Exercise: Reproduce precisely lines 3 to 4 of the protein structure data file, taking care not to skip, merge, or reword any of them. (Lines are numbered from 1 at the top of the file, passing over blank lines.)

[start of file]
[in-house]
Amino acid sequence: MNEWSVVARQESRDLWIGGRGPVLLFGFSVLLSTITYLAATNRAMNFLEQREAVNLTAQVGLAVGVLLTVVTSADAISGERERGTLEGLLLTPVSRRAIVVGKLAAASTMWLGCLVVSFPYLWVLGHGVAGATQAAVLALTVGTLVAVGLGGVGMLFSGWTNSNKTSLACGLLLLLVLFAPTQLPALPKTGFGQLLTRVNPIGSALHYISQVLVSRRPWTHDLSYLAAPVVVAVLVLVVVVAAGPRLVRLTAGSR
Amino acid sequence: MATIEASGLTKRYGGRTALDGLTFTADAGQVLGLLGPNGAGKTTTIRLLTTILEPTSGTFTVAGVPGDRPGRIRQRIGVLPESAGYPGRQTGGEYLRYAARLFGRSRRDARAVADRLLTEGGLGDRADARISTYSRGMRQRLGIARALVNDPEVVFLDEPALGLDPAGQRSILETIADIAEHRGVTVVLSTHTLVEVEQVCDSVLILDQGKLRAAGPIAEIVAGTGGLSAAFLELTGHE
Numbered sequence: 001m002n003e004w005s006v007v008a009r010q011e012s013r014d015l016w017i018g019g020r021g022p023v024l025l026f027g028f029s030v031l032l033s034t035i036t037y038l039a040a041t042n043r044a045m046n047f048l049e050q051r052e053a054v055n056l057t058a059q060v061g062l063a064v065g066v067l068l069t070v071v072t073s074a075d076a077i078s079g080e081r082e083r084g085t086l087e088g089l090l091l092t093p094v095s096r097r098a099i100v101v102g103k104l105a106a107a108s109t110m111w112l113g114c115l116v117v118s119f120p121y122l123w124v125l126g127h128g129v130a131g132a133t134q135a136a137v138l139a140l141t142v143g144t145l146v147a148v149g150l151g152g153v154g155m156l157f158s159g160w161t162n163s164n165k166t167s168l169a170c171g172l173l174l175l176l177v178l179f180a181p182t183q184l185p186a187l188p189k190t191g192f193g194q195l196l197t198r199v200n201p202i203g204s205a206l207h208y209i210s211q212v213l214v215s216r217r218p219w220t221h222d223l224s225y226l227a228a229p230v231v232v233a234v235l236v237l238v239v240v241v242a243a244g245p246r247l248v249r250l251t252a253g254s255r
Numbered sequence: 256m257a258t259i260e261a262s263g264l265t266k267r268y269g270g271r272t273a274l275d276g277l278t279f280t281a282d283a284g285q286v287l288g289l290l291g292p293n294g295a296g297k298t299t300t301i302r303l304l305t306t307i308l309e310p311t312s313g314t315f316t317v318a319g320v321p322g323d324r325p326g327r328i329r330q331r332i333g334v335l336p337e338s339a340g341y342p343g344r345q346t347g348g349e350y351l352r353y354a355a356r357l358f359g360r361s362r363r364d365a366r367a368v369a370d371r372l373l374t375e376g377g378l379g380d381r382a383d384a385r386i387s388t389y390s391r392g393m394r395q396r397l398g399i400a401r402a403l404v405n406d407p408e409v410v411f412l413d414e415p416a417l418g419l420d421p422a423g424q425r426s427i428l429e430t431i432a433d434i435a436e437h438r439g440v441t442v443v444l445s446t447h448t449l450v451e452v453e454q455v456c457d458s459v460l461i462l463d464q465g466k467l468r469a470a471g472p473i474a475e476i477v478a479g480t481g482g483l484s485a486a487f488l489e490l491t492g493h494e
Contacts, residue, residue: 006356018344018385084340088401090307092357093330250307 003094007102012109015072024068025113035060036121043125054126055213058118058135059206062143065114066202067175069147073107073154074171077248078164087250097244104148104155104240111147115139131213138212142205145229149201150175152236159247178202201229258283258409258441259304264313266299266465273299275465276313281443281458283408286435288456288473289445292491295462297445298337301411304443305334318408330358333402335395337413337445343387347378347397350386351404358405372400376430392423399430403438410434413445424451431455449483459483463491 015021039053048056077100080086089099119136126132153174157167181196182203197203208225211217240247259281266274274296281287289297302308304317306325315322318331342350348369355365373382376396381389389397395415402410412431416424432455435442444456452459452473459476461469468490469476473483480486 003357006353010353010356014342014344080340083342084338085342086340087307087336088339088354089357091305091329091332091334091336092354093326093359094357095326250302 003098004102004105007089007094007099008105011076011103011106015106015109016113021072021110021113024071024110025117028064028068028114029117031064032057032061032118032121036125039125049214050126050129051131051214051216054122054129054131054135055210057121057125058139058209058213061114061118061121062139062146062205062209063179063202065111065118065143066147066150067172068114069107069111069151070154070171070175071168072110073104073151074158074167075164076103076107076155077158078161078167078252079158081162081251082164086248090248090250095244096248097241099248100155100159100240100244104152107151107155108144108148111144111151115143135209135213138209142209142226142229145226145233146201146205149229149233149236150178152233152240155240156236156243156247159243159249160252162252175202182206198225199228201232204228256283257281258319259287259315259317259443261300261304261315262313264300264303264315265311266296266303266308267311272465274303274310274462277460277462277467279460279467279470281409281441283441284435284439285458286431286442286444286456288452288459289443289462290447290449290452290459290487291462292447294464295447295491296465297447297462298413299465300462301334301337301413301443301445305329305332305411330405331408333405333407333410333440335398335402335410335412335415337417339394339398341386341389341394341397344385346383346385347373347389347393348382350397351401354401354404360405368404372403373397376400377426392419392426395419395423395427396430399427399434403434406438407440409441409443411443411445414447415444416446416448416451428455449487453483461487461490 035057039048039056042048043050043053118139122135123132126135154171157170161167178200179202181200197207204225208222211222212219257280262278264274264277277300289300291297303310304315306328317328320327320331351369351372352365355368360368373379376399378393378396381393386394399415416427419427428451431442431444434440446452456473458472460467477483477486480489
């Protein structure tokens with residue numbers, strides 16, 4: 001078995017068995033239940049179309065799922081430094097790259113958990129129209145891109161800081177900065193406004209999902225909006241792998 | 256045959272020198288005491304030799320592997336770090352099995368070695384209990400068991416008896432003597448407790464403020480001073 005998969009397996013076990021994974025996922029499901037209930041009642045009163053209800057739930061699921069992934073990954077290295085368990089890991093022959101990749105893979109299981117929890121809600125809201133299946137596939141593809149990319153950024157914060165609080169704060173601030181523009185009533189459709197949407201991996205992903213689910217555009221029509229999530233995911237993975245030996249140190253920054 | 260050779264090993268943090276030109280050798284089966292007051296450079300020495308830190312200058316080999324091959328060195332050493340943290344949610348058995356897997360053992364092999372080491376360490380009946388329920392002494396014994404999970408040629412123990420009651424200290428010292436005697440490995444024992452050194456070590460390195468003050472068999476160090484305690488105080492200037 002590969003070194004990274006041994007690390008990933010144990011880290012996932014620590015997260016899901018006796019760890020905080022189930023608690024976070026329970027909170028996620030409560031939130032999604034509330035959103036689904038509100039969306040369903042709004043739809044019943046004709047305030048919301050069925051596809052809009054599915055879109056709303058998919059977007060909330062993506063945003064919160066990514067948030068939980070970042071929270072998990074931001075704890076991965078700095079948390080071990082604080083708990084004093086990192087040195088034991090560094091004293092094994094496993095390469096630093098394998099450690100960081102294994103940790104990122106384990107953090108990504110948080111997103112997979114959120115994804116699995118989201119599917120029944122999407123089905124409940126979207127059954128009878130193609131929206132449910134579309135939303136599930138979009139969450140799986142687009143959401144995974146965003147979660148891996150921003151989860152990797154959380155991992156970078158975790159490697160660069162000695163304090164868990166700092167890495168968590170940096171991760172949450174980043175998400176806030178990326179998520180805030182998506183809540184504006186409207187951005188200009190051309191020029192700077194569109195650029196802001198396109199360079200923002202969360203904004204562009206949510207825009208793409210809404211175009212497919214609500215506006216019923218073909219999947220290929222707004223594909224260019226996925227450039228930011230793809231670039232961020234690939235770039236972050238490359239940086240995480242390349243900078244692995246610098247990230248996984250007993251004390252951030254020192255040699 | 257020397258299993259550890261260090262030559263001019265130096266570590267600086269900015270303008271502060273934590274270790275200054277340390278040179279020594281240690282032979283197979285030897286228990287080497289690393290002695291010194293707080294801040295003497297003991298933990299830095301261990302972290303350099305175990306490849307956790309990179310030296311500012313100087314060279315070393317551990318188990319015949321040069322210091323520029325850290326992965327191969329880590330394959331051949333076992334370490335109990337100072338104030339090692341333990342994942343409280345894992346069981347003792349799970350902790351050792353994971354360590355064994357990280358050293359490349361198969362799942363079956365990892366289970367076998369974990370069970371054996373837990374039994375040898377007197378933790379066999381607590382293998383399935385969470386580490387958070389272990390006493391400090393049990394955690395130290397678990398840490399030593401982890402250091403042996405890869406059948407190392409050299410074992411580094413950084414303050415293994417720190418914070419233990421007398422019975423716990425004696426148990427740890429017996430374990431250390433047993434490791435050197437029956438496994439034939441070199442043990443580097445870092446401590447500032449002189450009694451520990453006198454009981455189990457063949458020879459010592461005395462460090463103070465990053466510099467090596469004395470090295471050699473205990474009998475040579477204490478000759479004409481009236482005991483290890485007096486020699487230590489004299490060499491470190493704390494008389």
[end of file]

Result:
Amino acid sequence: MATIEASGLTKRYGGRTALDGLTFTADAGQVLGLLGPNGAGKTTTIRLLTTILEPTSGTFTVAGVPGDRPGRIRQRIGVLPESAGYPGRQTGGEYLRYAARLFGRSRRDARAVADRLLTEGGLGDRADARISTYSRGMRQRLGIARALVNDPEVVFLDEPALGLDPAGQRSILETIADIAEHRGVTVVLSTHTLVEVEQVCDSVLILDQGKLRAAGPIAEIVAGTGGLSAAFLELTGHE
Numbered sequence: 001m002n003e004w005s006v007v008a009r010q011e012s013r014d015l016w017i018g019g020r021g022p023v024l025l026f027g028f029s030v031l032l033s034t035i036t037y038l039a040a041t042n043r044a045m046n047f048l049e050q051r052e053a054v055n056l057t058a059q060v061g062l063a064v065g066v067l068l069t070v071v072t073s074a075d076a077i078s079g080e081r082e083r084g085t086l087e088g089l090l091l092t093p094v095s096r097r098a099i100v101v102g103k104l105a106a107a108s109t110m111w112l113g114c115l116v117v118s119f120p121y122l123w124v125l126g127h128g129v130a131g132a133t134q135a136a137v138l139a140l141t142v143g144t145l146v147a148v149g150l151g152g153v154g155m156l157f158s159g160w161t162n163s164n165k166t167s168l169a170c171g172l173l174l175l176l177v178l179f180a181p182t183q184l185p186a187l188p189k190t191g192f193g194q195l196l197t198r199v200n201p202i203g204s205a206l207h208y209i210s211q212v213l214v215s216r217r218p219w220t221h222d223l224s225y226l227a228a229p230v231v232v233a234v235l236v237l238v239v240v241v242a243a244g245p246r247l248v249r250l251t252a253g254s255r